WASHINGTON DISTRICT COURT REDEFINES DIGITAL DISSEMINATION OF COPYRIGHTED WORKS
The heirs of Harold Arlen, Ray Henderson, and Harry Warren have joined to sue the giant Amazon for allegedly selling unauthorized recordings of their songs from “pirate” record labels. Though the composers may not be household names, these songwriters have made a lasting impression on the Standard American Songbook, including songs like “Over the Rainbow,” “At Last,” and “I Only Have Eyes For You.” The claim involves the defendant companies allegedly selling unauthorized recordings of their songs from “pirate” record labels. These “pirate” labels rip recordings from vinyl records or phono records (non-digital recordings) and upload them to a digital database. The pirate labels then sell these copies for a lower price than the official version. Amazon then buy the copies and distribute the recordings on numerous online music products.
The alleged pirate label (also named as a defendant in the suit) is knowns as “Limitless Int. Recording.” Limitless, an unknown record label with no web presence, completely duplicated the original album artwork and removed the original label logos, as well as ripped the audio from a physical phono record (record, cassette tape, CD). Limitless then contracted with Valleyarm who then contracted with Amazon. They then sell to Amazon for prices below the release ($0.89 instead of the standard $1.29).
The major claim against Amazon involves “making available for sale unauthorized copies of such recordings in violation of exclusive distribution rights under 17 USC §106(3).” Section 106 of the Copyright Act makes is clear that a violation of the exclusive distribution rights requires actual dissemination of the infringed copies by sale or other transfer of ownership, renal, lease, or lending. Amazon argued that that a copyright owner’s exclusive distribution rights include the right to make copyrighted work available to the public, such as by placing the copyrighted works on servers or computers accessible to internet users.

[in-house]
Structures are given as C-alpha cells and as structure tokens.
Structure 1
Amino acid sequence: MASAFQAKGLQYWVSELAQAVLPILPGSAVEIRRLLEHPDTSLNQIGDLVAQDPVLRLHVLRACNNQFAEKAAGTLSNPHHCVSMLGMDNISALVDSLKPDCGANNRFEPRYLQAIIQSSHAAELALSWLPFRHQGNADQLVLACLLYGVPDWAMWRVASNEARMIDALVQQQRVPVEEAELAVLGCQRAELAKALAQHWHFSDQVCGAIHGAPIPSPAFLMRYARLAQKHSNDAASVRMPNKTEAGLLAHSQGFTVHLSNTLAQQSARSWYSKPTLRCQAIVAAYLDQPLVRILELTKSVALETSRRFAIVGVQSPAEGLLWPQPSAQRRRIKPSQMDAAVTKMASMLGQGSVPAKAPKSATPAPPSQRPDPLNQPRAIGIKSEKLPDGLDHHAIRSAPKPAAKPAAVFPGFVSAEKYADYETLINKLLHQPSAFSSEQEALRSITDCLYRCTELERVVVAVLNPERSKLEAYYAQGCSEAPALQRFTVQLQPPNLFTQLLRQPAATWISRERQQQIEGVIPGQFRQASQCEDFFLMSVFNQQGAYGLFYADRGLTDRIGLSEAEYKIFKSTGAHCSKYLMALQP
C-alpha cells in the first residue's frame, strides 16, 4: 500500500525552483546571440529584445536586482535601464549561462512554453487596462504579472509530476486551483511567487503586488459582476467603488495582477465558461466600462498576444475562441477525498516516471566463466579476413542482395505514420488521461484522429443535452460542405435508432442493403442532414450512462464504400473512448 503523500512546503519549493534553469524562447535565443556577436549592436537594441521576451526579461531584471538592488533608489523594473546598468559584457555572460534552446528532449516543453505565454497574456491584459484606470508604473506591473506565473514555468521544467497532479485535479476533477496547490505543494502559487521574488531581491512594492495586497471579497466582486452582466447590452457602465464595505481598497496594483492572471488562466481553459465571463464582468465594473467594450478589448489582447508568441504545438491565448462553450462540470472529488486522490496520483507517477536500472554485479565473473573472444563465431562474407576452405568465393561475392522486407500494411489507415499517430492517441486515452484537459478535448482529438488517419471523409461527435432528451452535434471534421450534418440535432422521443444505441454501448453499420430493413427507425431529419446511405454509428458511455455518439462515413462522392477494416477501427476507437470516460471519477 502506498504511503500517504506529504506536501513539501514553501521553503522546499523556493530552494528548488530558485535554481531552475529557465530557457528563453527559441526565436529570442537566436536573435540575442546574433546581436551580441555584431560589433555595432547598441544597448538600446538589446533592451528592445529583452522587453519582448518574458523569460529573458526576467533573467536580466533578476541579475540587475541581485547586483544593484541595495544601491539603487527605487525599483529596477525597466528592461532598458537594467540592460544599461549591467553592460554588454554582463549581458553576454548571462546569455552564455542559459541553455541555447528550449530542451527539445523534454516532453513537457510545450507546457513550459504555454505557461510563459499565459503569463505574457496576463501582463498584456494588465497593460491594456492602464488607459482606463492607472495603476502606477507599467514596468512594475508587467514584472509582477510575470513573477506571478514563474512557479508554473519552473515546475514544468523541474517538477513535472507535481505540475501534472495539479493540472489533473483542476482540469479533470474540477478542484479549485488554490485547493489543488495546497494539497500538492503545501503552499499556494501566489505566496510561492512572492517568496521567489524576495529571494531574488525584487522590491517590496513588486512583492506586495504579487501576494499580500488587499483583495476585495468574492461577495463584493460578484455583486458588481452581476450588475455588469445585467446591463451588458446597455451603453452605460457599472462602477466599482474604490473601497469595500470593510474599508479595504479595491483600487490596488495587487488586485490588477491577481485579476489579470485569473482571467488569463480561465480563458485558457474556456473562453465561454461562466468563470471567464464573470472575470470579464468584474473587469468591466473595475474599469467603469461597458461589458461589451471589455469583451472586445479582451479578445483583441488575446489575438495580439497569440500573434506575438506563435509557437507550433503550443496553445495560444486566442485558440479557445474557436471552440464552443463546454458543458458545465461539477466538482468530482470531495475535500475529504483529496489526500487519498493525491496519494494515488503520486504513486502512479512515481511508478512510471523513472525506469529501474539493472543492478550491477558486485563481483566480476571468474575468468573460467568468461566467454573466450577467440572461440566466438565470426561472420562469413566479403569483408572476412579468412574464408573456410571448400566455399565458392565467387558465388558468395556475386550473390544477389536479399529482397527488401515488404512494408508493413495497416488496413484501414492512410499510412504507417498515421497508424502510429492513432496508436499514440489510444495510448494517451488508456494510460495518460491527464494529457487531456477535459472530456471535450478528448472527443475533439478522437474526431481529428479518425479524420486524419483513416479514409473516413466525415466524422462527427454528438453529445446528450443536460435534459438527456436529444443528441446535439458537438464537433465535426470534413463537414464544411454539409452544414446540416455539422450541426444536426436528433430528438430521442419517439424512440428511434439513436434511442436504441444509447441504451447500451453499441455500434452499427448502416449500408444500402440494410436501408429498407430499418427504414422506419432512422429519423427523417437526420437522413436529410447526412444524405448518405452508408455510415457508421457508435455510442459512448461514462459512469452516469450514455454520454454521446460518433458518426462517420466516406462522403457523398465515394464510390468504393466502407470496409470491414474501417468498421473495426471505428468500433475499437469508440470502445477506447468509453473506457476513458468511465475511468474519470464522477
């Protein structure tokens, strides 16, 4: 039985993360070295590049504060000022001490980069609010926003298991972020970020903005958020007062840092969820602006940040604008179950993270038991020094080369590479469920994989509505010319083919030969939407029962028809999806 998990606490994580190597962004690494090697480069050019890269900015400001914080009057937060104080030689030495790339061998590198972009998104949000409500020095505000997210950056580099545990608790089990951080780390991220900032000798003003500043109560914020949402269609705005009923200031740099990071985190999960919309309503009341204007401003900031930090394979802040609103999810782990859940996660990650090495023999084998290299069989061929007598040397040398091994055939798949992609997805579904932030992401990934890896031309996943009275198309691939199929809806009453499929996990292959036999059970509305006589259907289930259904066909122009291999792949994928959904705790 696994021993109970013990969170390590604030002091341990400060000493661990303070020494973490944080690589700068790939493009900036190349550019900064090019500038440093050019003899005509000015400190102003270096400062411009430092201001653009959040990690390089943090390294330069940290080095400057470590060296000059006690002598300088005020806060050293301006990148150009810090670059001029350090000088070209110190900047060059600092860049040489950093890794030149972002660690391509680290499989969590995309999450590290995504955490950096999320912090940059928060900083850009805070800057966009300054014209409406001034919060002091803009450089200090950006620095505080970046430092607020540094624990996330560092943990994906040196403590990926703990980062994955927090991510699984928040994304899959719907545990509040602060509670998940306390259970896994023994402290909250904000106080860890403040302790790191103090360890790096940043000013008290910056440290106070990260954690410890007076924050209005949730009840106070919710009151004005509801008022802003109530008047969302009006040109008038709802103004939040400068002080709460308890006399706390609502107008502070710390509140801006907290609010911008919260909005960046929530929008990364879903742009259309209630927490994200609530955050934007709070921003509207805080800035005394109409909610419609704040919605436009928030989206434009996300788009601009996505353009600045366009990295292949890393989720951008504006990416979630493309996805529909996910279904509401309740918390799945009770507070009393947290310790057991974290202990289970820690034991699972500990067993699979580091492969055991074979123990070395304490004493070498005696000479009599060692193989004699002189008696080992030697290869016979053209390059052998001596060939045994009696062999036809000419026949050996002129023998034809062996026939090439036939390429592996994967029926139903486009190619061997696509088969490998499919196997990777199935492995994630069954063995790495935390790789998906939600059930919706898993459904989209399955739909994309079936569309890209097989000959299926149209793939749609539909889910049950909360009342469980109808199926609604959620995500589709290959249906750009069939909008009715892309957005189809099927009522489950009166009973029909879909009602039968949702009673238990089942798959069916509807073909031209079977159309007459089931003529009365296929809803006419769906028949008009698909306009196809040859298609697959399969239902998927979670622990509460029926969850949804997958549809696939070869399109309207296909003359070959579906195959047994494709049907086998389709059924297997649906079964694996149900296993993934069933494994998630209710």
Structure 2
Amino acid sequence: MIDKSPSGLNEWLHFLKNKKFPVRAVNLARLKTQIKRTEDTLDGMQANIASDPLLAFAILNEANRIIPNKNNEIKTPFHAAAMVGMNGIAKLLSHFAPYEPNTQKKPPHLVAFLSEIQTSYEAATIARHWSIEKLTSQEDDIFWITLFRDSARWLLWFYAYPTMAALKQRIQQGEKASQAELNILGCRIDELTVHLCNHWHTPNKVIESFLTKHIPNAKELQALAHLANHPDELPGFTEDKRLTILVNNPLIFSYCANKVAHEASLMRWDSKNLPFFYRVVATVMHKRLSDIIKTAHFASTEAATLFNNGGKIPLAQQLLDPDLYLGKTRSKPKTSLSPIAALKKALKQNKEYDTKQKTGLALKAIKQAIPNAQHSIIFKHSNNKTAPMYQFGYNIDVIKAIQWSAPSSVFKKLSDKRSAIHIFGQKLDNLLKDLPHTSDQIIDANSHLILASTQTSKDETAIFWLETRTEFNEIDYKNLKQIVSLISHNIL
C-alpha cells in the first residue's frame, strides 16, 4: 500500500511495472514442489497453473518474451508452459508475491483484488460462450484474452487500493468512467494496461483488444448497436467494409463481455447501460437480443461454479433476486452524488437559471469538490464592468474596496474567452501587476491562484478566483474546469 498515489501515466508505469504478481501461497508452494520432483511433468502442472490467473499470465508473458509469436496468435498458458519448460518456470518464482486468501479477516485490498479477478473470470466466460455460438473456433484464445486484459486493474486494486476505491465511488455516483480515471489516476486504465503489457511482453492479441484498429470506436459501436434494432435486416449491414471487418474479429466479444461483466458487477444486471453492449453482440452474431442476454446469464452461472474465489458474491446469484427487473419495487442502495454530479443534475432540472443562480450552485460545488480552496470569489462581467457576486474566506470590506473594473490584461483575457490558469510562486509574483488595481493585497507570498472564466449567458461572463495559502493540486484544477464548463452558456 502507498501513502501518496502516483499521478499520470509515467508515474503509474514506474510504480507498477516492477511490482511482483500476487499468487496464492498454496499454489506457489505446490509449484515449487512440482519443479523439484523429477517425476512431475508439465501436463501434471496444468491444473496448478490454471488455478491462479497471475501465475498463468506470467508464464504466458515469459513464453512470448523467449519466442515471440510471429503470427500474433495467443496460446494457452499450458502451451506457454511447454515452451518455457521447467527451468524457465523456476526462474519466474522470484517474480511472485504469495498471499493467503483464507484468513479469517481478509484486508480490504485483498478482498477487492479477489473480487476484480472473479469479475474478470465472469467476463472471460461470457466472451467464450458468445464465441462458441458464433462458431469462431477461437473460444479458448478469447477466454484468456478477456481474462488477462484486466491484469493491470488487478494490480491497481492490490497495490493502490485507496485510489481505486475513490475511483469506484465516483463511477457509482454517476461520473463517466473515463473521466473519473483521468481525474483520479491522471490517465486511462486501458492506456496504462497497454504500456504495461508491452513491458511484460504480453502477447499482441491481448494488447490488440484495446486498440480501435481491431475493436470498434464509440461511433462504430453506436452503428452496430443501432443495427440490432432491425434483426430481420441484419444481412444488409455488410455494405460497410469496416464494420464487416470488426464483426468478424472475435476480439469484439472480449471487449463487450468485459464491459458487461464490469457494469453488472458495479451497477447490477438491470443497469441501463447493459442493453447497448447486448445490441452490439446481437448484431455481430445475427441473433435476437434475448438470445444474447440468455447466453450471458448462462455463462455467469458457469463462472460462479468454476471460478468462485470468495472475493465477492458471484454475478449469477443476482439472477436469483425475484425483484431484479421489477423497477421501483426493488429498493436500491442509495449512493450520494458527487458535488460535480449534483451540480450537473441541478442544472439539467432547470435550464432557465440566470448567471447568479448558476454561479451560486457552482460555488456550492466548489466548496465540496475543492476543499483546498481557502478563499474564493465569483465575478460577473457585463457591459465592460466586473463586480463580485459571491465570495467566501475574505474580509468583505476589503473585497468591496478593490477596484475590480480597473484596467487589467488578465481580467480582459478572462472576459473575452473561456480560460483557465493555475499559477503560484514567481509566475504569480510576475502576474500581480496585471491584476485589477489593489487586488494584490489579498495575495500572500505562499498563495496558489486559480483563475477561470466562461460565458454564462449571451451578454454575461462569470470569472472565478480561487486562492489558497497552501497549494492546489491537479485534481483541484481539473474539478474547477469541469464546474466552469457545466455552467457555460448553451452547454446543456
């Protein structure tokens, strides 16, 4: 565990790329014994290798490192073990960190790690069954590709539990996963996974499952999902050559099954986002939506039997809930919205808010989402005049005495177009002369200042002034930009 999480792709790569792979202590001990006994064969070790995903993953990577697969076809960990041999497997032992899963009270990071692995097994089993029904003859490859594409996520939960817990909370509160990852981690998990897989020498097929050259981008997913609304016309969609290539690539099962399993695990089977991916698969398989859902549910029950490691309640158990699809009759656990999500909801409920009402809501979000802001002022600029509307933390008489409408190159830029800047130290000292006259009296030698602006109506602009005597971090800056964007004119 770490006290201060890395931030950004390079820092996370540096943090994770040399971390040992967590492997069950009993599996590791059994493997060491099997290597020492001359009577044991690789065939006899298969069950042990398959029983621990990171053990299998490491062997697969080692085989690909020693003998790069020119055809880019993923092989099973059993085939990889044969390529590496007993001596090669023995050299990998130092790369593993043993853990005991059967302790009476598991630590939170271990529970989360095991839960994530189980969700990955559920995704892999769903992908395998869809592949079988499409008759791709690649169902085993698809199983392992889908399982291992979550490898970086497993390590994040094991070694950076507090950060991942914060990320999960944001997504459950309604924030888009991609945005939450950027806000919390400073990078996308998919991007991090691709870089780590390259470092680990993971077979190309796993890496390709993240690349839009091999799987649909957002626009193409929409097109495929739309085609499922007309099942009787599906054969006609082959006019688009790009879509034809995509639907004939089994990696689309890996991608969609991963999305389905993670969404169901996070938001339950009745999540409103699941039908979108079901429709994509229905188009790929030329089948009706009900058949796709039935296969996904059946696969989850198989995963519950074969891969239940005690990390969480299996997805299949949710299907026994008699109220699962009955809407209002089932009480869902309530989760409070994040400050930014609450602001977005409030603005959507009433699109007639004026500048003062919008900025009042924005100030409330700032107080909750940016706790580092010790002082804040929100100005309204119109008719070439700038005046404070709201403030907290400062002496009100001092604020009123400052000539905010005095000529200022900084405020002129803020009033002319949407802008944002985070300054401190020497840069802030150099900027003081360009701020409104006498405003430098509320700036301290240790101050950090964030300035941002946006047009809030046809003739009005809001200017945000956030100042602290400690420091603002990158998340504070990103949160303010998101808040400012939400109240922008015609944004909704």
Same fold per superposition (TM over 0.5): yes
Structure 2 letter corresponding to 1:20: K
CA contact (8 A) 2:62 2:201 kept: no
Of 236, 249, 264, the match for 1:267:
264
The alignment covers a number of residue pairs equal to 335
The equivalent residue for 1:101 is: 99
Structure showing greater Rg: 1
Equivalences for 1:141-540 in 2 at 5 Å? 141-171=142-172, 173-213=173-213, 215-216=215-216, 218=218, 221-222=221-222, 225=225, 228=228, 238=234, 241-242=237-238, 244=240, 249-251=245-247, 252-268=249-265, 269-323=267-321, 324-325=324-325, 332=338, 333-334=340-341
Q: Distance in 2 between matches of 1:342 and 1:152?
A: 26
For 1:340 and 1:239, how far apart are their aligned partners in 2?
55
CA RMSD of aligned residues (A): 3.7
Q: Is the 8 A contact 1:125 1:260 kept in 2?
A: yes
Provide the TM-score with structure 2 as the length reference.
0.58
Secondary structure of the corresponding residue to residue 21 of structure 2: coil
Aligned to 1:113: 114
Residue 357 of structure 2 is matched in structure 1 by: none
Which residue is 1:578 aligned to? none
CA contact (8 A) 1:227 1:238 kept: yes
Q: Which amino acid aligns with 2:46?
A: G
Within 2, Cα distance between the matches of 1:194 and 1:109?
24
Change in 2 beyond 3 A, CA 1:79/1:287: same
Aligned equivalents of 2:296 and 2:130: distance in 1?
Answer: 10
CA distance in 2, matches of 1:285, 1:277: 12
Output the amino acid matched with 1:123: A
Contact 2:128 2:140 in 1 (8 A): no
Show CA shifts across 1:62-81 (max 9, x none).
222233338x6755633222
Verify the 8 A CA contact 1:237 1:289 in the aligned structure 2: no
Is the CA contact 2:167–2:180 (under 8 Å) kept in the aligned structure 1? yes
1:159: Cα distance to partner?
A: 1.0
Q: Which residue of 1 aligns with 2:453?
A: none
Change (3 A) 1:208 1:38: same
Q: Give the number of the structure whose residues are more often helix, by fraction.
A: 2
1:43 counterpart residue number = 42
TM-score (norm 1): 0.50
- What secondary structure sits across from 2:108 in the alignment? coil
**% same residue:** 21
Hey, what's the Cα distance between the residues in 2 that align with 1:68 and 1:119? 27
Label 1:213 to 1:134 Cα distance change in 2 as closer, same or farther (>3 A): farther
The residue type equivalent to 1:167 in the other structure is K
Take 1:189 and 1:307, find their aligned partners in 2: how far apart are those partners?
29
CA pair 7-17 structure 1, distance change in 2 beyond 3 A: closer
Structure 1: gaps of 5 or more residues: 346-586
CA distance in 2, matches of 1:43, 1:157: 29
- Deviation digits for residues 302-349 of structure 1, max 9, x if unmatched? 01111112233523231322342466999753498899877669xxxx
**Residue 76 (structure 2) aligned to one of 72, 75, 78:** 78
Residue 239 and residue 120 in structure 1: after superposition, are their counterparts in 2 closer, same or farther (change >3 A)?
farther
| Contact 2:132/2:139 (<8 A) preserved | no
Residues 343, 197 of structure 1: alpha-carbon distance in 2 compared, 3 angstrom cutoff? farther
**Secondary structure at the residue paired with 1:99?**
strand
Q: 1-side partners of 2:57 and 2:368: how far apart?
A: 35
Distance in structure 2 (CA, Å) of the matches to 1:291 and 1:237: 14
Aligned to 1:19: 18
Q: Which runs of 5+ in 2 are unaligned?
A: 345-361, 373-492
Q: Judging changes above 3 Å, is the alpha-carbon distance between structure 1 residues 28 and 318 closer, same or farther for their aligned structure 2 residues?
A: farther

The court found that Amazon had not violated §106(3) because downloading from Amazon’s digital music store occurs only after the customer pays for the download. The court held that §106(3) of the Copyright Act requires “actual dissemination” of the copyrighted work, in the context of a digital music store, actual dissemination means the transfer (or download) of a file containing the copyrighted work from one computer of another. The court reasoned that “because downloading from a digital music store, such as Amazon’s, occurs only after the customer pays from the download,” the distribution requirement of “making available” is not satisfied “simply by making the copy available for sale.”
This ruling creates a massive loophole for digital music distributors to escape liability in copyright cases. This creates little to no incentive for Amazon (or other large digital streaming services) to confirm that the music they are receiving is legal. Leaving the policing of these channels completely on the copyright holder. In a digital world, there is no way for a copyright holder to police all of these channels. More concerning is the lack of incentive for these massive companies to police their own products. Oftentimes the “pirate” labels and the middlemen are judgement-proof entities which are either impossible to find or are insolvent. If a copyright holder is unable to police their works and to rightfully collect upon those works, the copyright becomes worthless.